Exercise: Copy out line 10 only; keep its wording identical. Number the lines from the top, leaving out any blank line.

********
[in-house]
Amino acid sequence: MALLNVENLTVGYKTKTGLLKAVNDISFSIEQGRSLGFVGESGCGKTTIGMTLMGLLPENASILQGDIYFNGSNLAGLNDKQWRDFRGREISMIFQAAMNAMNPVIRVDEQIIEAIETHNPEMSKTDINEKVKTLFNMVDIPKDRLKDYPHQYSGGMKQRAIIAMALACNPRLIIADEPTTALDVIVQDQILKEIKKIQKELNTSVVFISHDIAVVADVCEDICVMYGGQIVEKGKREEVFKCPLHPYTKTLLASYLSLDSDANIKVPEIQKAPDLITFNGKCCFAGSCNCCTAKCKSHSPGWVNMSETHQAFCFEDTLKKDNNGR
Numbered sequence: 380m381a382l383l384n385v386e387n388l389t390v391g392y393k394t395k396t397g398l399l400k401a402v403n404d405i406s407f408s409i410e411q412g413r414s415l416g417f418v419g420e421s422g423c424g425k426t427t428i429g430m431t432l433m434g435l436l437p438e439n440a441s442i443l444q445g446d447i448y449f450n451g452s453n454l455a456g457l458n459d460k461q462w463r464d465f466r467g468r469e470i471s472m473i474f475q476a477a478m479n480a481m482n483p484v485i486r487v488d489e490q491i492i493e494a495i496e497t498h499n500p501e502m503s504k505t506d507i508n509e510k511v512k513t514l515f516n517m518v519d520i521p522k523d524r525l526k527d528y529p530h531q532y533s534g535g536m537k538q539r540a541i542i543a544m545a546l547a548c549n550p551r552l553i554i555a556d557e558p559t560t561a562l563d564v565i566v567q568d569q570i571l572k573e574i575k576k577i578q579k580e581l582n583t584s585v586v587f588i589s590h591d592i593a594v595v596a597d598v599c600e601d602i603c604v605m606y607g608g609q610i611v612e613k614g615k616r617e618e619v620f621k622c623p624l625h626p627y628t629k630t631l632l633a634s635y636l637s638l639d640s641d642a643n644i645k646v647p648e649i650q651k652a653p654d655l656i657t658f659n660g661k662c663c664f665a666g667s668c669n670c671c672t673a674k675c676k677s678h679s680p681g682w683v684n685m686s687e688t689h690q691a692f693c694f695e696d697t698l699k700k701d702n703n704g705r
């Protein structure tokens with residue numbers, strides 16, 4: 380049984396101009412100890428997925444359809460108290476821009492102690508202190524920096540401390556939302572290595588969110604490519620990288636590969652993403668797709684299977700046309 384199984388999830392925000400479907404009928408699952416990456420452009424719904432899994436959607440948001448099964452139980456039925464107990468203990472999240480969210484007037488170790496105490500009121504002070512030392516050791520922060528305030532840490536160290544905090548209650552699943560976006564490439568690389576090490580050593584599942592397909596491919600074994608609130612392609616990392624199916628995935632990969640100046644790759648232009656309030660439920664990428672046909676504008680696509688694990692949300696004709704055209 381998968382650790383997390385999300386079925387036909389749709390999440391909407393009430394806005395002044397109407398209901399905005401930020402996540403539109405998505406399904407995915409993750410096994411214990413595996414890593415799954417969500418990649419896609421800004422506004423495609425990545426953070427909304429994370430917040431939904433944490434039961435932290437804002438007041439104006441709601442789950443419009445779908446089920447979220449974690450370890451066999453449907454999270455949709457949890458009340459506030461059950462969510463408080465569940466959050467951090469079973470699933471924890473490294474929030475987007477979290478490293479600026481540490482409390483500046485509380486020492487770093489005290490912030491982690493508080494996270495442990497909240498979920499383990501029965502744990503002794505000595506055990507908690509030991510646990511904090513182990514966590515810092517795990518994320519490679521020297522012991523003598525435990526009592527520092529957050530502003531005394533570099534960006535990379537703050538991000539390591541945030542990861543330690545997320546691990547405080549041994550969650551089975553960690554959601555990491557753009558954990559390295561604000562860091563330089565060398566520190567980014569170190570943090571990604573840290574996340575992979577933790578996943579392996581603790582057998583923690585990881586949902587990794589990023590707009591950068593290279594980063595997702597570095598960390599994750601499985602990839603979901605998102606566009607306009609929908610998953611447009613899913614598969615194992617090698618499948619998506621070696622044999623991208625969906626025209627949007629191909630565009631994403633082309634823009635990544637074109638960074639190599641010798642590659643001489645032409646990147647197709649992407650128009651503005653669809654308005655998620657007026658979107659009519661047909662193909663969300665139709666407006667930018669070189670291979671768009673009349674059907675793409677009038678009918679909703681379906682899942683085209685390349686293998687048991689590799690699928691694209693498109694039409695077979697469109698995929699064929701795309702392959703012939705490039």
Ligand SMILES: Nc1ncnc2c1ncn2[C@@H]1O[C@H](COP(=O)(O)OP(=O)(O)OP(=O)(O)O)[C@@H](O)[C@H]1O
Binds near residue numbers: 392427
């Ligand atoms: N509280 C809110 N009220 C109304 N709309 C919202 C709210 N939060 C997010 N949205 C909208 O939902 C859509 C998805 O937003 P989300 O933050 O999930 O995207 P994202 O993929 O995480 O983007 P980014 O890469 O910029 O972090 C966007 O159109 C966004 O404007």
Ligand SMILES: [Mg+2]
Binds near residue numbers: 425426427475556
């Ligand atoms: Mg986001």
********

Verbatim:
């Ligand atoms: Mg986001």